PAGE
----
The Y chromosome contains the genetic material that determines the sex of a child and related development. The extra X chromosome that occurs in Klinefelter syndrome causes abnormal development of the testicles, which in turn results in underproduction of testosterone.
Undescended testicles. Before birth, the testicles develop inside the abdomen and normally move down into their permanent place in the scrotum. Sometimes one or both of the testicles aren't descended at birth.
This condition often corrects itself within the first few years of life without treatment. If not corrected in early childhood, it can lead to malfunction of the testicles and reduced production of testosterone.
- Mumps orchitis. A mumps infection involving the testicles that occurs during adolescence or adulthood can damage the testicles, affecting the function of the testicles and testosterone production.
- Hemochromatosis. Too much iron in the blood can cause testicular failure or pituitary gland dysfunction, affecting testosterone production.
- Injury to the testicles. Because they're outside the abdomen, the testicles are prone to injury. Damage to normally developed testicles can cause hypogonadism. Damage to one testicle might not impair total testosterone production.
Cancer treatment. Chemotherapy or radiation therapy for the treatment of cancer can interfere with testosterone and sperm production. The effects of both treatments often are temporary, but permanent infertility may occur.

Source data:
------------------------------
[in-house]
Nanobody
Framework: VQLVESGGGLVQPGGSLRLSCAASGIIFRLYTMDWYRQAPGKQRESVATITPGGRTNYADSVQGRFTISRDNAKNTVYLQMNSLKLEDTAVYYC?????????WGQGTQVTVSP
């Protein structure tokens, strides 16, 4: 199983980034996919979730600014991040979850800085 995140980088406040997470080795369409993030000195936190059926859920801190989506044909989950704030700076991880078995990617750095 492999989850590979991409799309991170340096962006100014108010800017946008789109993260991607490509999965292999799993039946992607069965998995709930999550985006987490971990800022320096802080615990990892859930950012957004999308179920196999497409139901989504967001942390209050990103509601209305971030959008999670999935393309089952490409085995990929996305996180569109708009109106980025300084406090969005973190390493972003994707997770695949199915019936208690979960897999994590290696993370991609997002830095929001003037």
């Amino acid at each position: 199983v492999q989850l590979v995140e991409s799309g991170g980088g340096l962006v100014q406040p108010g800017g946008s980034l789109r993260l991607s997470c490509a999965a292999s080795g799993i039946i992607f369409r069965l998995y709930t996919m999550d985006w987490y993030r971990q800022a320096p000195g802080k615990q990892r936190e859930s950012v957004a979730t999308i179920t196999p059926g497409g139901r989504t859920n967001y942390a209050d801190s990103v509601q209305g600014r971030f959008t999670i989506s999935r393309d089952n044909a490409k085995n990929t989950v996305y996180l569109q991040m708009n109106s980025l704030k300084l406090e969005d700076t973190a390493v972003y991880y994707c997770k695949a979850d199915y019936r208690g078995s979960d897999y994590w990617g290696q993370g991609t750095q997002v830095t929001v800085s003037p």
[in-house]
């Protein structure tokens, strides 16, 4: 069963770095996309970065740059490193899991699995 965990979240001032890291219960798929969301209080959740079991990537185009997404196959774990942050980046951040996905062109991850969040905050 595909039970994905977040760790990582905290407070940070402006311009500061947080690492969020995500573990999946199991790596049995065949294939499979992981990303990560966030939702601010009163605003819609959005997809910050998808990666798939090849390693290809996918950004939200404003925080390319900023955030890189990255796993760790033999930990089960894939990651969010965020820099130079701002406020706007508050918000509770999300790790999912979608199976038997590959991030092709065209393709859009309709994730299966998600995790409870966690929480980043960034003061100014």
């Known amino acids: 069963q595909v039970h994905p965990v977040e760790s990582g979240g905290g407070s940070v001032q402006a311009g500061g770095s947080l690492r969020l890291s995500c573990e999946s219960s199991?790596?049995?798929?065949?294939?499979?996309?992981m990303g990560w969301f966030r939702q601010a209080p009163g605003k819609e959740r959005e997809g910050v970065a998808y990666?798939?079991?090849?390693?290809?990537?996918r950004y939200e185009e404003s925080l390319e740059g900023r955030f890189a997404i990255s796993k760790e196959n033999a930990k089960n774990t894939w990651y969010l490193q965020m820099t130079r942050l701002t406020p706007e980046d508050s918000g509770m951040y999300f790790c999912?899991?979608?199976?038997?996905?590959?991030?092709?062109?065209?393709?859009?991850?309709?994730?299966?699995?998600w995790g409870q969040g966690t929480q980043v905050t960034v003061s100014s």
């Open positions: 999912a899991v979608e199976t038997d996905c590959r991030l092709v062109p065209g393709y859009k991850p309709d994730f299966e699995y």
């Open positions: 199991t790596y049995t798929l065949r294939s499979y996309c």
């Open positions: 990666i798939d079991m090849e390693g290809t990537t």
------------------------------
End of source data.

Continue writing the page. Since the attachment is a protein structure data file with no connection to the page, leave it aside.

Although many men regain their fertility within a few months after treatment, preserving sperm before starting cancer therapy is an option for men.
In secondary hypogonadism, the testicles are normal but don't function properly due to a problem with the pituitary or hypothalamus. A number of conditions can cause secondary hypogonadism, including:
- Kallmann's syndrome. This is an abnormal development of the area of the brain that controls the secretion of pituitary hormones (hypothalamus). This abnormality can also affect the ability to smell (anosmia) and cause red-green color blindness.
Pituitary disorders. An abnormality in the pituitary gland can impair the release of hormones from the pituitary gland to the testicles, affecting normal testosterone production. A pituitary tumor or other type of brain tumor located near the pituitary gland may cause testosterone or other hormone deficiencies.
Also, treatment for a brain tumor, such as surgery or radiation therapy, can affect the pituitary gland and cause hypogonadism.
- Inflammatory disease. Certain inflammatory diseases, such as sarcoidosis, histiocytosis and tuberculosis, involve the hypothalamus and pituitary gland and can affect testosterone production.
- HIV/AIDS. HIV/AIDS can cause low levels of testosterone by affecting the hypothalamus, the pituitary and the testes.
- Medications. The use of certain drugs, such as opiate pain medications and some hormones, can affect testosterone production.
- Obesity. Being significantly overweight at any age might be linked to hypogonadism.
- Normal aging. As men age, there's a slow, progressive decrease in testosterone production. The rate varies greatly.
Risk factors for hypogonadism include:
- Previous chemotherapy or radiation therapy
Hypogonadism can be inherited. If any of these risk factors are in your family health history, tell your doctor.
The complications of untreated hypogonadism differ depending on when it develops — during fetal development, puberty or adulthood.
Complications might include:
- Abnormal genitalia
- Enlarged male breasts (gynecomastia)
- Erectile dysfunction
- Poor self-image
Nov. 05, 2019